Archives For Smart Home

Netgear Arlo Cams Go Pro

Dave Zatz —  October 13, 2016 — 14 Comments


Arlo has long been my preferred network camera, handily besting the likes of Nest due to a generous free tier of service and unrivaled placement flexibility — weather-proof, battery-powered, and wireless. Well, Netgear has just upped the ante with the Arlo Pro line of cameras. In addition to what sounds like generally improved optics (and now audio) to possibly match the Arlo Q model, the two new features that have me contemplating an upgrade are rechargeable batteries (supposedly good for 6 months) and USB video storage. However, these refinements do come at a cost. Whereas my original Arlo 4-pack ran $500, the equivalent Pro bundle goes for $650. It seems I could add enhanced Pro cameras to my current config, but local storage does require the new hub.


As ZNF regulars are well-aware, I run both Nest and ecobee smart thermostats in my home… and we far prefer the ecobee3 for a number of reasons. The most significant benefit of ecobee, over Nest, is the bundled remote sensor along with the ability to add many more. This opens up all sorts of scenarios in regards to intelligently balancing temperature, accurately identifying presence, and the like.

Well, based on a pulled Home Depot product page, doing away with those capabilities may be the key to lowering the price of entry via a new ecobee3 Lite model.

Having perused the FCC filing last month, I’d assumed remote sensors were still in play while Apple HomeKit licensing (and processing overhead) or the touchscreen might be on the chopping block as likely candidates to drive down manufacturing expenses. However, if the Home Depot page (and supporting product documentation) is any indication, both of those could remain. Should the $169 ecobee3 Lite pricing and presumed functionality line up with reality, I could also see the full-fledged ecobee3 receive a small price drop from $249 to something like $229.


I’m back…finally. :-)


For the past few months, I’ve been on a mission to find the best home WiFi. The “best” does not necessarily mean the fastest. It means the most reliable as we move around the house from room to room. It also means The Mrs. will not curse our stupid and slow home internet. This year, we have seen the rise of consumer wireless mesh networks that has typically been only available to corporate environments. Products from eero (that Dave endorses), Ubiquiti, Securifi, and Netgear are vying for you to upgrade your current router with the promise of whole home WiFi goodness!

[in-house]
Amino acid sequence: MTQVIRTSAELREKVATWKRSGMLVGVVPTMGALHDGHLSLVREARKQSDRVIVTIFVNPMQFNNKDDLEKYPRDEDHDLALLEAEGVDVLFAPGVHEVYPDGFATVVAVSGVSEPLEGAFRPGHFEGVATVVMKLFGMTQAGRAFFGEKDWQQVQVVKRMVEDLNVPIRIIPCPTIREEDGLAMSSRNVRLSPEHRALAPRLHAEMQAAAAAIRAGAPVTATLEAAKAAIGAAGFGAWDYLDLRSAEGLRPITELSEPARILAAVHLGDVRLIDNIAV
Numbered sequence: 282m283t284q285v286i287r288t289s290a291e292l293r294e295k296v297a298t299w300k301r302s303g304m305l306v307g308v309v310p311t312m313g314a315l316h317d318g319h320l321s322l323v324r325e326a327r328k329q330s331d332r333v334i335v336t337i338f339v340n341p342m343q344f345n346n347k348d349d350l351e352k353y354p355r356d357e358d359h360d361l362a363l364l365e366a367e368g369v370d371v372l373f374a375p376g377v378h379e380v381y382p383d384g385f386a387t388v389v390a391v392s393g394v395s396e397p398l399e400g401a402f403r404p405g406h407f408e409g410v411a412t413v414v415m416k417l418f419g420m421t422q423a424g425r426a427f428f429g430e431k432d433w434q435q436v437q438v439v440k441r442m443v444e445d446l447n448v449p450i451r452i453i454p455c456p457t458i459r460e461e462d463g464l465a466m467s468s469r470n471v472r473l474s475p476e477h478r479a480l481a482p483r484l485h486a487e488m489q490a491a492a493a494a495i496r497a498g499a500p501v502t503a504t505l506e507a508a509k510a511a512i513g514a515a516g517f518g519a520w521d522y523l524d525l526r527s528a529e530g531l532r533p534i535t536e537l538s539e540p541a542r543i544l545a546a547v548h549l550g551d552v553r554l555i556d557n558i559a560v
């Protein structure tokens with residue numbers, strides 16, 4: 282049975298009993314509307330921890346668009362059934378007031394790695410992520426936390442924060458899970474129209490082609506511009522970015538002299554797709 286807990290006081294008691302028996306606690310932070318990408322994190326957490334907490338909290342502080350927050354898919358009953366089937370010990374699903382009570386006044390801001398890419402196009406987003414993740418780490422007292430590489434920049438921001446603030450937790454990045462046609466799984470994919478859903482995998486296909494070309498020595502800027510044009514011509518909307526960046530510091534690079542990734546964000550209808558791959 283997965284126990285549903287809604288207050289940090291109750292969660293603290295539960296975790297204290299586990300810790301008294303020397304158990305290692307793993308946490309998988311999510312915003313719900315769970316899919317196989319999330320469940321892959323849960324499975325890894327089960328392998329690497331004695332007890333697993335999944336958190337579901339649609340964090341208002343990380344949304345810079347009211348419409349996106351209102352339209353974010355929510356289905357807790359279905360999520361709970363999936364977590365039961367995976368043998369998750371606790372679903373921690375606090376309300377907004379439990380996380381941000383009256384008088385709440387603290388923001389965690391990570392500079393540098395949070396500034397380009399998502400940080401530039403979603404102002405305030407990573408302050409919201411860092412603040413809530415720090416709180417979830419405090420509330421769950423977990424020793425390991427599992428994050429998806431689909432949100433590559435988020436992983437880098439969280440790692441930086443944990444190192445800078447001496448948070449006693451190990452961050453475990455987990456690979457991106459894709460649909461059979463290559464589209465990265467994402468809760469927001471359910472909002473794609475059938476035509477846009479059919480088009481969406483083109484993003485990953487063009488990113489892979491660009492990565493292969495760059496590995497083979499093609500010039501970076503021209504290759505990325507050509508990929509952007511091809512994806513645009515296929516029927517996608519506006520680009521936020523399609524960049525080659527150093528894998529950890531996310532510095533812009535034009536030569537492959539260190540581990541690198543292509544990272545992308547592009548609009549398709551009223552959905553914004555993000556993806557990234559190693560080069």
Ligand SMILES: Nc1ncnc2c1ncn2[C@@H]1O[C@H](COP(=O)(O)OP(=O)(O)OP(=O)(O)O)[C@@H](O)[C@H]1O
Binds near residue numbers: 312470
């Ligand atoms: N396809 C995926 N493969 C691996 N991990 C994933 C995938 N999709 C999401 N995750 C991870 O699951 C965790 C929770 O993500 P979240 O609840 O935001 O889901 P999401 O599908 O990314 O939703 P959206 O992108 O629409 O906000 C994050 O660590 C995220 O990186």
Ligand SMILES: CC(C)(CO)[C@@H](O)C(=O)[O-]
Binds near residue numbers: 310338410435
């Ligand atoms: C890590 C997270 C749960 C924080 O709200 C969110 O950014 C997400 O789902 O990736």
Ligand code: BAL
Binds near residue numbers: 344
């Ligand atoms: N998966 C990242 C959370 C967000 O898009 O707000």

Our residence is a newer-built detached single family home with two floors and a basement. Over the years, I’ve silently replaced our main router as newer technology has been released. I say silently, as my test for this was basically to see if The Mrs. would notice or comment on our home wireless network. Would she just look at me and ask why I was staring at her while she used her tablet…or would she throw that tablet to the ground screaming to the WiFi gods. In the past, I’ve tried multiple scenarios for our home network. The ONE ROUTER TO RULE THEM ALL approach. The Router + Powerline + Access Point approach. The Router + Extend Me approach.

While all of these might have worked initially, each scenario failed at some point whether it was clients being too far away from the router, or clients not being able to hand off properly to the different access points. Each scenario failed at our house. That’s why the wireless mesh network intrigued me so much. And with the big names finally getting into the ballgame, I thought it was time to try the Netgear Orbi.

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nest-cam-outdoorAfter months of corporate drama, Nest attempts to reboot the conversation with their latest innovation — a $200 weatherproof, outdoor camera that the company expects to ship this fall.

While it’s not entirely fair to pass judgement on a product that hasn’t yet been released, there’s no way I’ll be purchasing one. And, no, it’s not the $10 monthly fee for continuous recording and supposedly smart alerts. It’s the 25′ of power cable you need to screw into your siding. I do recognize Nest’s approach is designed to accommodate a large percent of households unwilling or unable to hardwire and their technical implementation isn’t exactly battery-friendly. Regardless, it just doesn’t work for me.